@Josh and Nick: I’ve update with more current data.

  • Nick

    I’m a little schocked that a few thousand stickers can save the agency $6 million per year. What other waste is engineered into their day-to-day operations?

    I’ll give 511 a try next time I’m out. Most people dislike automated messages (that require voice prompts). Do they make a text message version of this for those of us who don’t own smart phones?

  • Portland just had a number posted along with a stop ID. You call the number and then key in the stop ID and it runs through the buses that are going to stop there and the expected times for each. Sounds pretty easy to set up to me. No need to feed Newsom’s piggy bank. No need for smart phones. But MTA and logical don’t seem to belong in the same sentence – let alone the same city.

  • Erik

    @Nick: Text “nbus sf ” to 41411

  • Erik

    Make that “nbus sf (stopid)”. It didn’t like my angle brackets.

  • Sprague

    I prefer using an automated service and not having to inconvenience someone and wait on hold than using 311.

  • James

    I would guess that arrival time inquiries are only a small portion of the calls that 311 receives which are billed to the MTA.

  • Michael Smith

    Some notes from NextBus with respect to the above comments:
    * If you have suggestions for NextBus send them to feedback@nextbus.com . We really want to hear from you in order to make the system better.
    * SF MTA can display any message they want to, including ones describing stop IDs, on each individual sign.
    * For text messaging you can enter an address or intersection instead of a stop ID. Can be really handy if you don’t know the stop ID.
    * For stops where there is no shelter Washington DC WMATA had NextBus install 10″ diameter metal signs with the phone number and stop ID at 12,000 stops.
    * If you have a smartphone such as an iPhone (but also Droids and such) you can go to http://www.nextbus.com and click on the “special site” link to get a geolocation based website that automatically provides predictions for nearest stops. Try it out and let us know what you think.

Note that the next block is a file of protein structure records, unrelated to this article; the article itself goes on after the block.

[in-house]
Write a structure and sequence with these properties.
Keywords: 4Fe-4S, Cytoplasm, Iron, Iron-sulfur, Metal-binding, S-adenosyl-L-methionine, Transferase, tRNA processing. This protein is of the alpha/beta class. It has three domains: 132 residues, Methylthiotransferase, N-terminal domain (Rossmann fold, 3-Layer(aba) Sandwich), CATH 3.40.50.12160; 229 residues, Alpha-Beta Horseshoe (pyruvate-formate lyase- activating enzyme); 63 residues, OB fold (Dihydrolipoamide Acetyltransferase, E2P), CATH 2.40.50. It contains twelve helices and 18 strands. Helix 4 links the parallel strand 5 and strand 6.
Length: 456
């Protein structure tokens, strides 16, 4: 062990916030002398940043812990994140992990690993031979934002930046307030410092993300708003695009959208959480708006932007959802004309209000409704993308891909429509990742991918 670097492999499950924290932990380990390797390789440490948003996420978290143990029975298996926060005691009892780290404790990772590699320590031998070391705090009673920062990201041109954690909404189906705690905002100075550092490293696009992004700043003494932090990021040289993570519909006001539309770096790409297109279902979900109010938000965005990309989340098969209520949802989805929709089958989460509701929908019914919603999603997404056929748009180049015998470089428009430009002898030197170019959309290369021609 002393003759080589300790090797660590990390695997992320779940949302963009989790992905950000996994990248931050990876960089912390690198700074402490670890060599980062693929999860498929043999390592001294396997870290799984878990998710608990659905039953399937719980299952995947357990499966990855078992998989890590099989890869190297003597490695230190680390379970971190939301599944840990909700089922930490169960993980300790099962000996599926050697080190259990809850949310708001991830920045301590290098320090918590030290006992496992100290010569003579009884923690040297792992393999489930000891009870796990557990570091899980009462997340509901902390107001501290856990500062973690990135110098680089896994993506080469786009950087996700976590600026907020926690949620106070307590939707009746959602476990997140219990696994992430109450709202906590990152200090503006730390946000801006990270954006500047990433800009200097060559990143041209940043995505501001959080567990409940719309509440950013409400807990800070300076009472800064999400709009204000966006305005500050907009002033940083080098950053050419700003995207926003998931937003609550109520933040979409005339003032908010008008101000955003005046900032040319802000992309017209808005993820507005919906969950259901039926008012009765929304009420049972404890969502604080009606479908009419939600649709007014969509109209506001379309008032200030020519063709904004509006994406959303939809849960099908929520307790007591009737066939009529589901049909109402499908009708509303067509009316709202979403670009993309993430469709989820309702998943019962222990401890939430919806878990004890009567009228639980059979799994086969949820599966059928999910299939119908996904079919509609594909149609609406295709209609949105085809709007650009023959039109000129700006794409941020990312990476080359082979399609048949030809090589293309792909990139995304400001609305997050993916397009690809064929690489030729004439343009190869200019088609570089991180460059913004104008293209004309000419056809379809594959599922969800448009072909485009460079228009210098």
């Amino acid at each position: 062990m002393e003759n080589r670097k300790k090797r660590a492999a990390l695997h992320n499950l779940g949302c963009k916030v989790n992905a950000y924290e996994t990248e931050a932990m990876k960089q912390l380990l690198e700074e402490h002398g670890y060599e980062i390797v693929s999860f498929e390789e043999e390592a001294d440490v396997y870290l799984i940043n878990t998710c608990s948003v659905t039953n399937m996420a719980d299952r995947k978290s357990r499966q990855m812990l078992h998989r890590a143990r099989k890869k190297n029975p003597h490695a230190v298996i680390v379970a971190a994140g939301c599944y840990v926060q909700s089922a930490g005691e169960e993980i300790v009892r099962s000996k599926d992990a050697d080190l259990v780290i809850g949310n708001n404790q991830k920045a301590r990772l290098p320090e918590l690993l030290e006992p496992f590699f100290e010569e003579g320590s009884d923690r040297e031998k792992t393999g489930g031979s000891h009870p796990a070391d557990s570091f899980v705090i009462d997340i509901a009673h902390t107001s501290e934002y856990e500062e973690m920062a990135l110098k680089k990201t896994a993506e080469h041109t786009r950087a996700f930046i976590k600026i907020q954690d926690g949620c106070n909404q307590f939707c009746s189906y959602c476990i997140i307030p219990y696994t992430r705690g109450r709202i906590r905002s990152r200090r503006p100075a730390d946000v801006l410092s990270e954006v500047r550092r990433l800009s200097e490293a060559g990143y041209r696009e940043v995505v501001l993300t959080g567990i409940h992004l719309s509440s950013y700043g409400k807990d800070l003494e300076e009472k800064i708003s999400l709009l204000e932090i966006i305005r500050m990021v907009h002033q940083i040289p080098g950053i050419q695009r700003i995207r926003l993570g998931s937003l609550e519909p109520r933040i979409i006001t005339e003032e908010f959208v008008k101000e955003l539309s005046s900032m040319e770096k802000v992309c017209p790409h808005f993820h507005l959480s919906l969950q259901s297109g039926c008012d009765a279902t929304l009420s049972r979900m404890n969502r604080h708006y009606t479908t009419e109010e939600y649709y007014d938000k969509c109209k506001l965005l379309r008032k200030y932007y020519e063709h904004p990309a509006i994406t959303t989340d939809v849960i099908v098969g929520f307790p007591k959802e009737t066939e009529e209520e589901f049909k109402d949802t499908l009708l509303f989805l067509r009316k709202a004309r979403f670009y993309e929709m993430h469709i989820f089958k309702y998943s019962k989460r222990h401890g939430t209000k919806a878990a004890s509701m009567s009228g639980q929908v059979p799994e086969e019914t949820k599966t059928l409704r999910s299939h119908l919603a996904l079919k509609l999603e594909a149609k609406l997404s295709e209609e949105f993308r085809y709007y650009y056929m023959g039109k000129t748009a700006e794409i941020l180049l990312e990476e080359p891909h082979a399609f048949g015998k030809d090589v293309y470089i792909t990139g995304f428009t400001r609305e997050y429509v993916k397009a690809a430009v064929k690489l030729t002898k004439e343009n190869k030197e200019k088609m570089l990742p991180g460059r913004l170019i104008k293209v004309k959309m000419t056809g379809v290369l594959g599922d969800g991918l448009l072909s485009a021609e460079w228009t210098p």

— Mike (the head of engineering at NextBus)

  • Michael Smith

    One thing I forgot to add is that if you use 511 then you can completely bypass the voice recognition (which can be nice if you are impatient or if you are in a noisy environment) by simply entering “6”. So for stop 13984 you can simply enter 511 6 13984. And they great thing is that you can just program that into your phone for easy access. Just make sure you put a pause between the 511 and the 6.

  • Erik

    I think you need to enter a # after the stopid if you use 511-6.

  • You actually don’t need to add a # for 511. But it does speed up the request by a couple of seconds because then it doesn’t wait for a timeout.

    Another tip is that when you use 511-6 you need to put a pause between the 511 and the 6, and then another pause between the 6 and the stop ID. So you should use something like “511 pause 6 pause 13984#”.

  • andrew

    I despise voice prompts with a fury that burns deep within my soul. So I shall continue to use the website.

  • Erik

    The arrival time voice command thingy actually works pretty well once you know which order to go in so you don’t have to listen to the instructions.

    Call 511 and say “arrival times”, “don’t know”, “muni”, (line number), (outbound or inbound), (street name), (cross street) with a second or two pause between each. I’ve never had problems with it not understanding me.

  • Seven

    During a recent breakdown of an N-Judah, MTA employees were telling the public to call 311 to find alternate routes to their destination. I’m not sure which was more absurd: listening to MTA employees tell the public to call 311 instead of 511, or watching as clueless MTA employees had absolutely no idea which bus lines ran nearby.